Mrs. W. Leslie and Mrs. Levison.
What an awful record is this, I m kee-
3. Thursday. In doors till sunset.
Addey came up in the morning and I had
to rewrite article of mine which had been re-
written into execrable trash by Rosenburg.
At 6 turned out, went up Broadway, over-
taking Frank Hillard, dropping in with him
into the studio of Van Beest, the artist. To
16th street, Mrs. Potter s new residence, some
six doors from her former one. Supped there
with Haney, Leslie and his wife on the other
side of me. They board there. Wife not
pretty, looks as if she had a will of her own.
A smoke with Haney and Hayes in a partially
unfurnished room, then the latter went off
to his theatre. Haney is in treaty with Mrs.
Levison for the sale of his half of the Nic-nax,
she designing to purchase and edit (!) it. The
woman has an eager, clutching idea that there s
no end of money to be made in the enterprise,
that Haney is lukewarm or dishonest with re-
gard to her interests, a fancy at once foolish
and mean. He half-projects a visit to
England, which will hardly come to anything.
Out together. Dropped into a bear-
|Title:||Thomas Butler Gunn Diaries, Volume Twelve: page one hundred and ninety-four|
|Description:||Describes a visit to Jesse Haney in his new boarding house.|
|Subject:||Addey; Boardinghouses; England; Gunn, Thomas Butler; Haney, Jesse; Hayes, Edward; Hillard, Frank; Leslie, Marion; Leslie, William; Levison, William, Mrs.; Potter, Mrs.; Rosenberg; Van Beest; Women|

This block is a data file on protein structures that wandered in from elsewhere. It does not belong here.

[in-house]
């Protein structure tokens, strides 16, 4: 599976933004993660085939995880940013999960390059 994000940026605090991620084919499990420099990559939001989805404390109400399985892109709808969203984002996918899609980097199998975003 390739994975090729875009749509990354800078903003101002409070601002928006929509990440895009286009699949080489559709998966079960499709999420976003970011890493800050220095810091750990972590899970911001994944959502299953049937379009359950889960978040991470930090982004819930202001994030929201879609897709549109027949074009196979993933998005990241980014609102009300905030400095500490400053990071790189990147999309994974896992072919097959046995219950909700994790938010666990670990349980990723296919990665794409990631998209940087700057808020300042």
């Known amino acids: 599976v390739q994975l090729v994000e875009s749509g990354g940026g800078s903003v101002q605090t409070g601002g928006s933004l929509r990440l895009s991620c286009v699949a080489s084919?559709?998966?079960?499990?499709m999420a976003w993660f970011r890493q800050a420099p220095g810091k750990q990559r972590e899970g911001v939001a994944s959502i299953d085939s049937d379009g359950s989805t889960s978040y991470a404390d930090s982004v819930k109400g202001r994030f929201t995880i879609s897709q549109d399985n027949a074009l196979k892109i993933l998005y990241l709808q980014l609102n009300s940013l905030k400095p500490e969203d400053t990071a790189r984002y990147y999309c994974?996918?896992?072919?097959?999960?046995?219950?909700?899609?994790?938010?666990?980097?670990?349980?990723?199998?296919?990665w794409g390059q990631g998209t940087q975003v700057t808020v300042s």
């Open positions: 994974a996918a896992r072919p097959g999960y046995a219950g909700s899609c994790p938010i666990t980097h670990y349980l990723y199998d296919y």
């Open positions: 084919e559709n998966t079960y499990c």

|Coverage (City/State):||[New York, New York]|
|Coverage (Street):||16th Street; Broadway|
|Title:||Thomas Butler Gunn Diaries, Volume Twelve|
|Description:||Includes descriptions of boarding house living, his freelance writing and drawing work, antics of the New York literary Bohemians, visits to the Edwards family, the activities of London detective Arthur Ledger who is staying in his boarding house, Thomas Nast's courtship of Sally Edwards, two masked balls at his boarding house, a visit to Lotty Granville at Fordham, the state of Charles Damoreau's marriage, and a visit to the ''Phalanx'' in New Jersey with George Boweryem.|
|Subject:||Boardinghouses; Bohemians; Detectives; Gunn, Thomas Butler; Journalism; Marriage; Publishers and publishing; Travel; Women|
|Coverage (City/State):||New York, New York; Fordham, New York; New Jersey|
|Note:||Thomas Butler Gunn was born February 15, 1826, in Banbury, England, and came to New York in 1849. During the Civil War he worked as a correspondent for the New York Tribune and the New York Evening Post. He returned to England in 1863, and died in Birmingham in April 1903. The collection includes twenty-one volumes of his diaries, including newspaper clippings, letters, photographs, sketches, and various other items inserted by Gunn. Diary entries date from July 7, 1849, to April 7, 1863, and include his experiences with the New York publishing and literary world, his descriptions of boarding houses, his travels throughout the United States, and his experiences traveling with the Federal army as a Civil War correspondent.|
|Publisher:||Missouri History Museum|
|Rights:||Copyright 2011 Missouri History Museum.|
|Source:||Page images, transcriptions, and metadata of the Thomas Butler Gunn diaries have been provided by the Missouri History Museum.|